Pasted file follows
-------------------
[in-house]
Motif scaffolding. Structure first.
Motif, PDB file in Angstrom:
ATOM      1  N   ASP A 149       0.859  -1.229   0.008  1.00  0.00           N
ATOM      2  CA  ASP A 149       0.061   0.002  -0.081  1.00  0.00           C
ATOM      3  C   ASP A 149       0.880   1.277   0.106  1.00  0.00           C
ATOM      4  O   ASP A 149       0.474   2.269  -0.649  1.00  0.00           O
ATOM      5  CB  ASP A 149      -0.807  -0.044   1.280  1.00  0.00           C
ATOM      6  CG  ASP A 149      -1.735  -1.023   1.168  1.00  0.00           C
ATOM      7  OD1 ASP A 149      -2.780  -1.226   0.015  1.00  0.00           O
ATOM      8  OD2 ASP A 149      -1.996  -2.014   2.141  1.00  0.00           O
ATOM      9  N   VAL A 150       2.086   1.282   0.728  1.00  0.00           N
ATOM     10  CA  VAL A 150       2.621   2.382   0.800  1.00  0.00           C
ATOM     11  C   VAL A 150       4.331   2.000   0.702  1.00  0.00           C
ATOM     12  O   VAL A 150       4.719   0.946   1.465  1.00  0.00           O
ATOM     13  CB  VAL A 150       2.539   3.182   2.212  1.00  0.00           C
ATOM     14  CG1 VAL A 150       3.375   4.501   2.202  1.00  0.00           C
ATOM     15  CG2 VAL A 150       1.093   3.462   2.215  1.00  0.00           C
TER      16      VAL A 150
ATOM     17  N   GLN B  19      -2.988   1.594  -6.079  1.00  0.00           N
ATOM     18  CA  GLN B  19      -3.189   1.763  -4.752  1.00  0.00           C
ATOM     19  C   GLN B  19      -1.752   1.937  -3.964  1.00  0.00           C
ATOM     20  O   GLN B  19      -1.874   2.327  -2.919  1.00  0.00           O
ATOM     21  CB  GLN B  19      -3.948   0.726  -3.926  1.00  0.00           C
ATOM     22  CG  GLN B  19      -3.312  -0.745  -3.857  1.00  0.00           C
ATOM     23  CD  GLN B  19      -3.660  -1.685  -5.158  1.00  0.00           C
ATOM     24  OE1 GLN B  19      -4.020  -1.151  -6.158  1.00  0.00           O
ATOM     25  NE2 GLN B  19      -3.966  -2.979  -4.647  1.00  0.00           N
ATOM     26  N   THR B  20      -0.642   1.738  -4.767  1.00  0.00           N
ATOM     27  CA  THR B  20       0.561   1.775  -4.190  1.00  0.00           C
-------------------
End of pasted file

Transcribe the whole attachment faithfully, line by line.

[in-house]
Motif scaffolding. Structure first.
Motif, PDB file in Angstrom:
ATOM      1  N   ASP A 149       0.859  -1.229   0.008  1.00  0.00           N
ATOM      2  CA  ASP A 149       0.061   0.002  -0.081  1.00  0.00           C
ATOM      3  C   ASP A 149       0.880   1.277   0.106  1.00  0.00           C
ATOM      4  O   ASP A 149       0.474   2.269  -0.649  1.00  0.00           O
ATOM      5  CB  ASP A 149      -0.807  -0.044   1.280  1.00  0.00           C
ATOM      6  CG  ASP A 149      -1.735  -1.023   1.168  1.00  0.00           C
ATOM      7  OD1 ASP A 149      -2.780  -1.226   0.015  1.00  0.00           O
ATOM      8  OD2 ASP A 149      -1.996  -2.014   2.141  1.00  0.00           O
ATOM      9  N   VAL A 150       2.086   1.282   0.728  1.00  0.00           N
ATOM     10  CA  VAL A 150       2.621   2.382   0.800  1.00  0.00           C
ATOM     11  C   VAL A 150       4.331   2.000   0.702  1.00  0.00           C
ATOM     12  O   VAL A 150       4.719   0.946   1.465  1.00  0.00           O
ATOM     13  CB  VAL A 150       2.539   3.182   2.212  1.00  0.00           C
ATOM     14  CG1 VAL A 150       3.375   4.501   2.202  1.00  0.00           C
ATOM     15  CG2 VAL A 150       1.093   3.462   2.215  1.00  0.00           C
TER      16      VAL A 150
ATOM     17  N   GLN B  19      -2.988   1.594  -6.079  1.00  0.00           N
ATOM     18  CA  GLN B  19      -3.189   1.763  -4.752  1.00  0.00           C
ATOM     19  C   GLN B  19      -1.752   1.937  -3.964  1.00  0.00           C
ATOM     20  O   GLN B  19      -1.874   2.327  -2.919  1.00  0.00           O
ATOM     21  CB  GLN B  19      -3.948   0.726  -3.926  1.00  0.00           C
ATOM     22  CG  GLN B  19      -3.312  -0.745  -3.857  1.00  0.00           C
ATOM     23  CD  GLN B  19      -3.660  -1.685  -5.158  1.00  0.00           C
ATOM     24  OE1 GLN B  19      -4.020  -1.151  -6.158  1.00  0.00           O
ATOM     25  NE2 GLN B  19      -3.966  -2.979  -4.647  1.00  0.00           N
ATOM     26  N   THR B  20      -0.642   1.738  -4.767  1.00  0.00           N
ATOM     27  CA  THR B  20       0.561   1.775  -4.190  1.00  0.00           C